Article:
Using photographic projects of the Minsk School of Photography as the main source, the talk explores how Belarusian photographers re-appropriated visual conventions of the Soviet official portraiture to produce a postcolonial archive of ready-made images. Blurring the distinction between appearance and substance, they presented subjectivity as a vocabulary of poses and costumes which could deliver their semantic effect even when the identity of the performer could never be established. This vicarious photography, the talk suggests, affords presence without identification. Its play with stereotypes offers a way of recycling visual formulas of the Soviet period, while, simultaneously, providing an expressive possibility for demarcating the authorial distancing from the contexts and contents that these formulas index.
To read a copy of his paper please click HERE.
Serguei Oushakine has conducted fieldwork in the Siberian part of Russia, as well as in Belarus and Kyrgyzstan. His research is concerned with transitional processes and situations: from the formation of newly independent national cultures after the collapse of the Soviet Union to post-traumatic identities and hybrid cultural forms. His first book The Patriotism of Despair: Loss, Nation, and War in Russia focused on communities of loss and exchanges of sacrifices in provincial post-communist Russia. His current project explores Eurasian postcoloniality as a means of affective reformatting of the past and as a form of retroactive victimhood.Oushakine’s Russian-language publications include edited volumes on trauma, family, gender and masculinity. Prof. Oushakine is Director of the Program in Russian and Eurasian Studies at Princeton.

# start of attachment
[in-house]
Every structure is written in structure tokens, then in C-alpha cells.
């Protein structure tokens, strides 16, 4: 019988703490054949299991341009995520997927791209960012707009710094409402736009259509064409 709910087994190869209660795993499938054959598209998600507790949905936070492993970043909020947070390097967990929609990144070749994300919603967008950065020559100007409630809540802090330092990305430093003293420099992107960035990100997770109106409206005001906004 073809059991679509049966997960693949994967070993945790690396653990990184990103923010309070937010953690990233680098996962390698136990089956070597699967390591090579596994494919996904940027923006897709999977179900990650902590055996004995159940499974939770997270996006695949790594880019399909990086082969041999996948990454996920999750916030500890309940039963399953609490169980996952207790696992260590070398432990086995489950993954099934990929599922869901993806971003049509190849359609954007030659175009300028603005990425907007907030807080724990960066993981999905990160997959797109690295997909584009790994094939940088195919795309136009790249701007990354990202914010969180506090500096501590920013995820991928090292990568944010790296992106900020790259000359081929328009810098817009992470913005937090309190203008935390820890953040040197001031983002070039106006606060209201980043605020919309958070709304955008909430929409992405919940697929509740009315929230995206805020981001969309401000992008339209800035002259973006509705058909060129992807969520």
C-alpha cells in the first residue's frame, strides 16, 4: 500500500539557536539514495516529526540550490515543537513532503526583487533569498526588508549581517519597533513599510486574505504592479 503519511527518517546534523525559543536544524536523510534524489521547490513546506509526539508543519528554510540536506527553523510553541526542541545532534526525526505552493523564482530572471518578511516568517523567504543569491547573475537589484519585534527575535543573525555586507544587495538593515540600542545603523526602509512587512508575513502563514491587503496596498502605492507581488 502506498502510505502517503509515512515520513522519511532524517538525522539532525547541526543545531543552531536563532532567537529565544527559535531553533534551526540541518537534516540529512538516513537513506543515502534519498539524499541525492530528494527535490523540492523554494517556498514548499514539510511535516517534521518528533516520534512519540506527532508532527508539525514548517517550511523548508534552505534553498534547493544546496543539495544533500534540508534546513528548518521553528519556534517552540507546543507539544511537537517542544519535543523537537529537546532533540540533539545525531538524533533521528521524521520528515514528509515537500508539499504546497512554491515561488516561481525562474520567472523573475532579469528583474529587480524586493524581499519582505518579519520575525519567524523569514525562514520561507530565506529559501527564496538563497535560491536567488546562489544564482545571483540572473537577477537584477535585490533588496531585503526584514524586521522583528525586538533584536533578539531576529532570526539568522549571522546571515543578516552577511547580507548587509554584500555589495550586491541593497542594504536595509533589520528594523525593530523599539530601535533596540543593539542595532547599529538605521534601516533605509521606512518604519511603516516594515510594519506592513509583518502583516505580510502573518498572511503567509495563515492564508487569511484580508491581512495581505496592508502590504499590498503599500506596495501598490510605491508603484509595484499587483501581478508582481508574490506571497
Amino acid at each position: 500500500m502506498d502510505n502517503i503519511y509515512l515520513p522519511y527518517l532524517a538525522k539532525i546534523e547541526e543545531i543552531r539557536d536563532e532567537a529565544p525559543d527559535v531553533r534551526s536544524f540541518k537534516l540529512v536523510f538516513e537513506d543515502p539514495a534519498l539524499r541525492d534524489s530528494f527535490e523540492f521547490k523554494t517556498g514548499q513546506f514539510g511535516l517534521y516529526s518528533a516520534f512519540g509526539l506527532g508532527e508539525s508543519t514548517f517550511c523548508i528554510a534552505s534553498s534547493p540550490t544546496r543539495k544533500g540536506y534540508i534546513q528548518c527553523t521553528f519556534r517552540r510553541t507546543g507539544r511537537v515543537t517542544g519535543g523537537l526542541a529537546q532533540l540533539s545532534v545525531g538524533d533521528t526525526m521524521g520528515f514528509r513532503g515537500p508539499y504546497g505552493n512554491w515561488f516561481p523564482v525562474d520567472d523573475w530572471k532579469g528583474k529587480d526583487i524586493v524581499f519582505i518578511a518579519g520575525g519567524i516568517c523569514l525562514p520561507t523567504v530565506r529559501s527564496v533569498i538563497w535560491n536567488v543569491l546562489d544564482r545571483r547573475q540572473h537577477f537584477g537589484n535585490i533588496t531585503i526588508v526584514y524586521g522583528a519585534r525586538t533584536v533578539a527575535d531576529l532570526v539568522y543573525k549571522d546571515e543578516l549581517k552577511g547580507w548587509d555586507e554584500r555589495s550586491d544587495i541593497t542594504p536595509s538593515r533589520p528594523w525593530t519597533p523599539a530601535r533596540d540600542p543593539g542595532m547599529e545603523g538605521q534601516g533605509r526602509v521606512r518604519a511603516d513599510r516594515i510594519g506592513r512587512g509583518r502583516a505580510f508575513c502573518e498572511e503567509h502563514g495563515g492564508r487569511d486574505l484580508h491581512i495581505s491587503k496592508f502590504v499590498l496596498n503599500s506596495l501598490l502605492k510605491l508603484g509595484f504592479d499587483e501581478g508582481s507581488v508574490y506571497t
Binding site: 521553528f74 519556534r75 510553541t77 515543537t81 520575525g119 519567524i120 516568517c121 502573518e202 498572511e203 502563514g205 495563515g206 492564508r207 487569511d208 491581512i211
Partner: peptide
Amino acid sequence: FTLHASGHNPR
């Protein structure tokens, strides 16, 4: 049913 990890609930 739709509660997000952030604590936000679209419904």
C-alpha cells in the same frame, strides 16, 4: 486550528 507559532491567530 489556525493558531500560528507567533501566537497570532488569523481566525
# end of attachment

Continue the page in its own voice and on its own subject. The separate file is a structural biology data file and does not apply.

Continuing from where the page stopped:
Sponsored by the Department of Anthropology, the Havighurst Center for Russian and Post-Soviet Studies, and the Humanities Center.